Bookmark and ShareSam Thompson is a researcher and a consultant at nef‘s centre for well-being.

Via Environmental Economics, here’s a rather striking graph from a recent Gallup survey


Now, it’s probably no surprise that when the economy starts tanking, public opinion swings in favour of fixing it quickly. Judging from the graph, it looks like much the same kind if thing happened during the dot-com crash.

But the interesting point about these questions is that they are framed explicitly in terms of trade-offs. With that in mind, it’s surprising just how receptive US public opinion appears to have been in the 80s and 90s towards the idea of giving up some GDP for environmental protection. Even as US Senators were lining up behind the Byrd-Hagel resolution, which argued explicitly against ratifying the Kyoto protocol because it might threaten the US economy, a clear two-thirds of people were in favour of environmental measures “even at the risk of curbing economic growth”.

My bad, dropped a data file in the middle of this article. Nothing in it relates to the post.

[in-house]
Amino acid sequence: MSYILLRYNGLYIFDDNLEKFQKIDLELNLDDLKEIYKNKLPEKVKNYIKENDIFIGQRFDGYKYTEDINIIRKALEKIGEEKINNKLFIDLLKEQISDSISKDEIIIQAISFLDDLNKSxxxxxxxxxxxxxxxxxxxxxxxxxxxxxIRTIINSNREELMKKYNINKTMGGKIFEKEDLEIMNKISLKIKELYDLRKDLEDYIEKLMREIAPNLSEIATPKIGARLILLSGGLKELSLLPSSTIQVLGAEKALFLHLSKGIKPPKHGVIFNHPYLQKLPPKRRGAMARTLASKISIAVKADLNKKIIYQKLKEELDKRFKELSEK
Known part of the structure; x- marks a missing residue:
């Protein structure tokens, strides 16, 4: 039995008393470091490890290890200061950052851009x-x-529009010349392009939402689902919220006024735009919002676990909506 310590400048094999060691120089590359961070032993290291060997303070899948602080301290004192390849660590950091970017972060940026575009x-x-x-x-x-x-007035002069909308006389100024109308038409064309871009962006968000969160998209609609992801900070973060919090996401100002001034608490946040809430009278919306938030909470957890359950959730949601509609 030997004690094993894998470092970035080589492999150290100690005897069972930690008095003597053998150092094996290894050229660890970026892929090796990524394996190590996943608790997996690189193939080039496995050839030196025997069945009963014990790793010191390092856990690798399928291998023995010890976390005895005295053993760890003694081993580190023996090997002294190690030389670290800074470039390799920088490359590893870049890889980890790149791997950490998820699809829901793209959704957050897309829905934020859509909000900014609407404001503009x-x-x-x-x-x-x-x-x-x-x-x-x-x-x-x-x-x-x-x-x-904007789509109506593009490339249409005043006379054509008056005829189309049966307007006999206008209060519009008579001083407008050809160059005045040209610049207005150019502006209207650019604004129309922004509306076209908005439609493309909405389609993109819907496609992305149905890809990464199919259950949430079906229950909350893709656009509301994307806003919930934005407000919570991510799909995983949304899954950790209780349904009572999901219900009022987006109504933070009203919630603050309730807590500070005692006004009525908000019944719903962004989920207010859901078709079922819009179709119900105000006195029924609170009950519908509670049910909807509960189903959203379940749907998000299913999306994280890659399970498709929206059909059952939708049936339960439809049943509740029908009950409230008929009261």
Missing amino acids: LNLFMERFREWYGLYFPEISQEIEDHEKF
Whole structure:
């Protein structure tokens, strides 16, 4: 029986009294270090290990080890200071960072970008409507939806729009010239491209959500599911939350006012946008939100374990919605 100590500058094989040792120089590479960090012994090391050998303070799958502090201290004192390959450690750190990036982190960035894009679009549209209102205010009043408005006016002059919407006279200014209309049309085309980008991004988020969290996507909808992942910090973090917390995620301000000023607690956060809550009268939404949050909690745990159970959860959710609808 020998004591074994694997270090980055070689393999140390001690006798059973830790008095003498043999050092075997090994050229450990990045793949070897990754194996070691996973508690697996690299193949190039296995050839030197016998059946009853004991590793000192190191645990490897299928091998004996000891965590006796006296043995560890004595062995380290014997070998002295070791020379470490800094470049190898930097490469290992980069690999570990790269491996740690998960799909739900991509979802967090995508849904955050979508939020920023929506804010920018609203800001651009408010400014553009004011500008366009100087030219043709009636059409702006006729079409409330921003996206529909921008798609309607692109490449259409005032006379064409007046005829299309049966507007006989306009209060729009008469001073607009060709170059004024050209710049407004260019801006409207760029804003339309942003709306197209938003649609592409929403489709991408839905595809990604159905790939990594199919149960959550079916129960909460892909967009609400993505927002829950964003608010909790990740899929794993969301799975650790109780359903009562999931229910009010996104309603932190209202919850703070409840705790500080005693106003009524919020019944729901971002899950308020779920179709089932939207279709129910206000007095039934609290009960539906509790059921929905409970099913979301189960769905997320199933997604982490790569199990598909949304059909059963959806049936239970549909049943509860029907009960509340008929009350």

What people say in surveys and what they actually do are not the same thing, of course. Still, makes you wonder what might have been achieved with a bit of bold political leadership.